statistics. The syndiotacticity estimated from the P
values were around 23 mol% of rrrr, which was
too low not to be dissolved in boiling hexane. The only way to explain the present results is to consider
that the poorly crystalline syndiotactic sequence was built into the isotactic sequence in a blocky way.
A similar conclusion was drawn by Martuscelli et al. and Busico et al. [13,14]. Consequently, we have
concluded that the HI fraction came from only one type of active sites, termed as ES1, having
dominant ES and marginal CE characters. The constant value was consistent with this conclusion. It
is likely that occasional 2,1 insertion at active sites forms a hindering methyl branch at the C

to initiate consecutive 2,1 insertion (which is known to follow the CE statistics) until the recovery to
the energetically more favored 1,2 insertion. The active sites producing the HI fraction below 0.1 wt%
(Figure 3) corresponded to the same sites whose proportion increased as the Ti content became higher.
In other words, the same type of active sites with those formed by the agglomeration of the Ti species
existed even when the Ti-Ti interaction disappeared. Considering that the multinucleation of the Ti
species brings Cl ligands at the stereoregulating positions [8,9], it is plausible that Ti mononuclear
species are located in a similar environment, for example, on defective surfaces of MgCl
Similarly to the HI fraction, and P
were independent of the Ti content. However, the value
became smaller as the Ti content increased. This suggested that the HS fraction consisted of two of the
same types of active sites irrespective of the Ti content, whose proportion () varied along the Ti
content. The ES site, termed as ES2, had a lower isospecificity (corresponding to mmmm of 39 mol%)
than the ES1 site (mmmm of 77 mol%). It was expected that the ES2 site might retain a CE nature, as
well as is the case for the ES1 site, but the dominance of an CE site made it invisible. The CE site,
termed as CE1, showed higher syndiospecificity than that accompanied by the ES1 site, but the level
of the specificity was still poor (corresponding to rrrr of 38 mol%). It is notable that the P
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for the CE1 site was almost identical to that determined in the two site model analysis for the whole
PPs, which meant that the observed syndiotactic fractions mostly came from the CE1 site.
Table 2. Pentad stereosequences (in mol%) and fitting results for hexane-insoluble (HI) fractions.
No donor EB
Ti content/wt-% 0.011 0.048 0.23 0.39 1 0.092 1.26
mmmm 74.4 69.8 69.9 70.6 70.3 90.5 88.3
mmmr 7.3 8.9 8.4 8.2 7.5 3 3.6
rmmr 1.6 1.3 1.7 1.2 1.7 0.6 0.8
mmrr 7.5 8.1 7.8 8.2 7.4 2.8 3.1
mmrm/rrmr 2.2 2.7 2.8 2.7 2.9 0.6 1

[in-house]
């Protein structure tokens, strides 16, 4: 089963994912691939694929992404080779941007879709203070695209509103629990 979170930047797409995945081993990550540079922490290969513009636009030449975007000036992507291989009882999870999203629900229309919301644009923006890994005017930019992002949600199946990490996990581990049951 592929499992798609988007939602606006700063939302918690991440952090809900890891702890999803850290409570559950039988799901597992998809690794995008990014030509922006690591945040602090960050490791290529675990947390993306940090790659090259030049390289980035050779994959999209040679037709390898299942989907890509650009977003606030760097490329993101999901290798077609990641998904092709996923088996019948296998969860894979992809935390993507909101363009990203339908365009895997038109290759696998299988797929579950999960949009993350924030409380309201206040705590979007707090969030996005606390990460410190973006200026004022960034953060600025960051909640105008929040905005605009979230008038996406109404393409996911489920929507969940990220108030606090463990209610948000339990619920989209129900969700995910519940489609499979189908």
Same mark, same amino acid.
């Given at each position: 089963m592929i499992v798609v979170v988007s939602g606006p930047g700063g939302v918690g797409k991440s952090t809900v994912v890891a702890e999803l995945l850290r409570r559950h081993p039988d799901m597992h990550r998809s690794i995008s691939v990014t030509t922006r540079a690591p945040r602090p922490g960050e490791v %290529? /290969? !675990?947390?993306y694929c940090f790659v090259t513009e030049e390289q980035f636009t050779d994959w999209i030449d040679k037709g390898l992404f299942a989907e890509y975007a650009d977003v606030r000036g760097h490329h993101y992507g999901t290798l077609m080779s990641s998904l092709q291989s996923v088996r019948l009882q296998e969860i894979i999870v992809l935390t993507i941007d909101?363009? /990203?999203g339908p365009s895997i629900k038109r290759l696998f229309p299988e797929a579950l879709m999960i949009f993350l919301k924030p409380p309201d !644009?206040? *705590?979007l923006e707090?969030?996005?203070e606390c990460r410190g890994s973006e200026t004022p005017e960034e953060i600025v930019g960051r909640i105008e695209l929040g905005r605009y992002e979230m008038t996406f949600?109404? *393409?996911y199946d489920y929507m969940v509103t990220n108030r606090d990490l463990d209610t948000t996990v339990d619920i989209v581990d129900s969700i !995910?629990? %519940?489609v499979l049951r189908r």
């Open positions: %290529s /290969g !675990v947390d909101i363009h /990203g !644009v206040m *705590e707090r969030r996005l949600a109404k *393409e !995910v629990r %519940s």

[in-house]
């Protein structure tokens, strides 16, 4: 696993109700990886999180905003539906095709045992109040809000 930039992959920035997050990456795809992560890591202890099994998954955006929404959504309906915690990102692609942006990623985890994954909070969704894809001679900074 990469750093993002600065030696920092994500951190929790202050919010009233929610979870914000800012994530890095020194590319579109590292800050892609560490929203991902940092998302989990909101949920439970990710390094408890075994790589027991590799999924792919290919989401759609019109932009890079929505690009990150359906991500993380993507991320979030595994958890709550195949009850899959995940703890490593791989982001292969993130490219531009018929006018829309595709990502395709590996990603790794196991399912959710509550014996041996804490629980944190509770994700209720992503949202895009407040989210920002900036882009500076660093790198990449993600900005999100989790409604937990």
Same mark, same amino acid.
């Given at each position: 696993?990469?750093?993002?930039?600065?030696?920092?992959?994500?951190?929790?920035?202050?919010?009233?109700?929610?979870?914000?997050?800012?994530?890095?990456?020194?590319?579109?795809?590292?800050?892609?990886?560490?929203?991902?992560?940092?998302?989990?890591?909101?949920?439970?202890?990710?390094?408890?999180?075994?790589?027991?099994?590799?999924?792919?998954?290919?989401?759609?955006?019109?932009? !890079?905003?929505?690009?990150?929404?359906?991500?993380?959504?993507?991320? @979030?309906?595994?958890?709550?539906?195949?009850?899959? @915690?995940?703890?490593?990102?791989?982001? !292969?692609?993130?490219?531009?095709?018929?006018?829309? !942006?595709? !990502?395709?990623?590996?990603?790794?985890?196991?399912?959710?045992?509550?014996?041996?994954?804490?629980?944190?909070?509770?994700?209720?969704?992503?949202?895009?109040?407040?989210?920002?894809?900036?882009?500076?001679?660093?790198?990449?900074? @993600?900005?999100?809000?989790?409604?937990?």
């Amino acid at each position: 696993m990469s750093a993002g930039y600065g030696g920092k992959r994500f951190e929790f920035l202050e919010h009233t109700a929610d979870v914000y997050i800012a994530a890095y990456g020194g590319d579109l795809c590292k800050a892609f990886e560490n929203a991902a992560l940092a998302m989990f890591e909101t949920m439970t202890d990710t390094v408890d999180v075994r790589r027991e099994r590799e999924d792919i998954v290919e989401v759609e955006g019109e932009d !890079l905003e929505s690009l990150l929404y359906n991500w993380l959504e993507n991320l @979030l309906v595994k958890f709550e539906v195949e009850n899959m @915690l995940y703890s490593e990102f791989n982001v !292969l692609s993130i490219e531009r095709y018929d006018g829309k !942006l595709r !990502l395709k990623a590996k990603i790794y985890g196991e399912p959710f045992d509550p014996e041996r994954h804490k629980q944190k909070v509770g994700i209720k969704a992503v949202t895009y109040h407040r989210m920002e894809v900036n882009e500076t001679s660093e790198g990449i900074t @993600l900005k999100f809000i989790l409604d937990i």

mrmr 0.9 1.1 1.3 0.9 1.3 0.2 0.2
rrrr 1.5 2 2 2.4 2.3 0.4 0.8
mrrr 1.6 1.7 2.1 2.1 2.2 0.4 0.6
mrrm 3.1 4.3 4.1 3.8 4.3 1.4 1.7
0.957 0.945 0.949 0.948 0.953 0.985 0.983
0.644 0.695 0.654 0.725 0.668 0.6 0.67
0.927 0.927 0.907 0.921 0.895 0.974 0.964
Table 3. Pentad stereosequences (in mol%) and fitting results for hexane-soluble (HS) fractions.
No donor EB
Ti content/wt-% 0.011 0.048 0.23 0.39 1 0.092 1.26
mmmm 33.4 33.7 31.5 27.9 25.7 39.2 29.9
mmmr 13.7 13.5 12.4 11.9 11.6 11.3 11
rmmr 3 2.5 2.9 3 2.9 2.3 2.9
mmrr 15.1 15.1 14.7 14.8 14.3 13.4 13.3
mmrm/rrmr 8.9 9.7 10 10.8 11.6 7.7 10
mrmr 3.5 3.1 3.3 3.3 3.5 2 3
rrrr 7 8.3 9.4 12 13.2 10.8 13.9
mrrr 7.3 7.3 8.3 9.2 9.6 6.7 8.1
mrrm 7.2 6.9 7.5 7 7.7 6.5 7.9
0.837 0.836 0.835 0.824 0.814 0.87 0.837
0.768 0.788 0.775 0.797 0.805 0.824 0.83
0.842 0.824 0.778 0.744 0.723 0.786 0.733
The unanswered issues (i) and (ii) for the active sites of the TiCl
model catalysts were
clarified by the combination of solvent fractionation and two-site model analysis. The results indicated
that the stereochemistry is identical between the mononuclear and multinuclear Ti species, and the
active sites were always represented by the following two types of ES sites and one type of CE site,
whose proportion was dependent on the Ti content.
ES1: A moderately isospecific ES site with a marginal CE nature, whose proportion decreased at
lower Ti contents, but never disappeared.
ES2: A poorly isospecific ES site, whose proportion decreased at the expense of the ES1 formation.
CE1: A poorly syndiospecific CE site, whose proportion was nearly constant.
The co-existence of these three types of active sites plausibly explains the MWD value around 45
even after the Ti species became isolatedly mononuclear below 0.1 wt%.
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The stereostructures of the whole PPs produced in the presence of EB were analyzed by the two-site
model for two representative Ti contents (0.092 and 1.26 wt% for the mononuclear and multinuclear Ti
species, respectively). The fitting results are shown in Table 1. Compared with the results in the
absence of donors, both of the and values increased, while the P
values were not largely changed.
Thus, the addition of EB enhanced the isospecific ES nature of active sites. The value became